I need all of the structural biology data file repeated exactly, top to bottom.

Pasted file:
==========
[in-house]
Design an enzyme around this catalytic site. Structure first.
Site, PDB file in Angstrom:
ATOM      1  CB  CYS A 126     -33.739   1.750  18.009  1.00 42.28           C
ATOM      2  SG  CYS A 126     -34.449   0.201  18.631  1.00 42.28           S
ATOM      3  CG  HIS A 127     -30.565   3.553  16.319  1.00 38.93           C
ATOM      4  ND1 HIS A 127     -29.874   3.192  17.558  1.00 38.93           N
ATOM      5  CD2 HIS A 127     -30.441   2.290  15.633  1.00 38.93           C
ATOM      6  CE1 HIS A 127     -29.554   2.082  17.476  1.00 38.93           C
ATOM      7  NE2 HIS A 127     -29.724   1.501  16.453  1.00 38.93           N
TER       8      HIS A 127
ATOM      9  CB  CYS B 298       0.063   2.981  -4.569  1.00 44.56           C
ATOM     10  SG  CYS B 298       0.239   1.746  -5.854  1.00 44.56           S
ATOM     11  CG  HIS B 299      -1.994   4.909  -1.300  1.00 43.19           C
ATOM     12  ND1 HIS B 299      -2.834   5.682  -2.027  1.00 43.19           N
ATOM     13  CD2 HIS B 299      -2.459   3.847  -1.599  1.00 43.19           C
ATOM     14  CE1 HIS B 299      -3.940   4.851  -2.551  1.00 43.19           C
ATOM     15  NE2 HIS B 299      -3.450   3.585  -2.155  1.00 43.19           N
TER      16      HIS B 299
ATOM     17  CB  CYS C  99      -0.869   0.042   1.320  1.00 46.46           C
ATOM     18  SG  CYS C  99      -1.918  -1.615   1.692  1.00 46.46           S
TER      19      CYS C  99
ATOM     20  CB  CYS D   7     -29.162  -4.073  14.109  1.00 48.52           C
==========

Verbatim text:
[in-house]
Design an enzyme around this catalytic site. Structure first.
Site, PDB file in Angstrom:
ATOM      1  CB  CYS A 126     -33.739   1.750  18.009  1.00 42.28           C
ATOM      2  SG  CYS A 126     -34.449   0.201  18.631  1.00 42.28           S
ATOM      3  CG  HIS A 127     -30.565   3.553  16.319  1.00 38.93           C
ATOM      4  ND1 HIS A 127     -29.874   3.192  17.558  1.00 38.93           N
ATOM      5  CD2 HIS A 127     -30.441   2.290  15.633  1.00 38.93           C
ATOM      6  CE1 HIS A 127     -29.554   2.082  17.476  1.00 38.93           C
ATOM      7  NE2 HIS A 127     -29.724   1.501  16.453  1.00 38.93           N
TER       8      HIS A 127
ATOM      9  CB  CYS B 298       0.063   2.981  -4.569  1.00 44.56           C
ATOM     10  SG  CYS B 298       0.239   1.746  -5.854  1.00 44.56           S
ATOM     11  CG  HIS B 299      -1.994   4.909  -1.300  1.00 43.19           C
ATOM     12  ND1 HIS B 299      -2.834   5.682  -2.027  1.00 43.19           N
ATOM     13  CD2 HIS B 299      -2.459   3.847  -1.599  1.00 43.19           C
ATOM     14  CE1 HIS B 299      -3.940   4.851  -2.551  1.00 43.19           C
ATOM     15  NE2 HIS B 299      -3.450   3.585  -2.155  1.00 43.19           N
TER      16      HIS B 299
ATOM     17  CB  CYS C  99      -0.869   0.042   1.320  1.00 46.46           C
ATOM     18  SG  CYS C  99      -1.918  -1.615   1.692  1.00 46.46           S
TER      19      CYS C  99
ATOM     20  CB  CYS D   7     -29.162  -4.073  14.109  1.00 48.52           C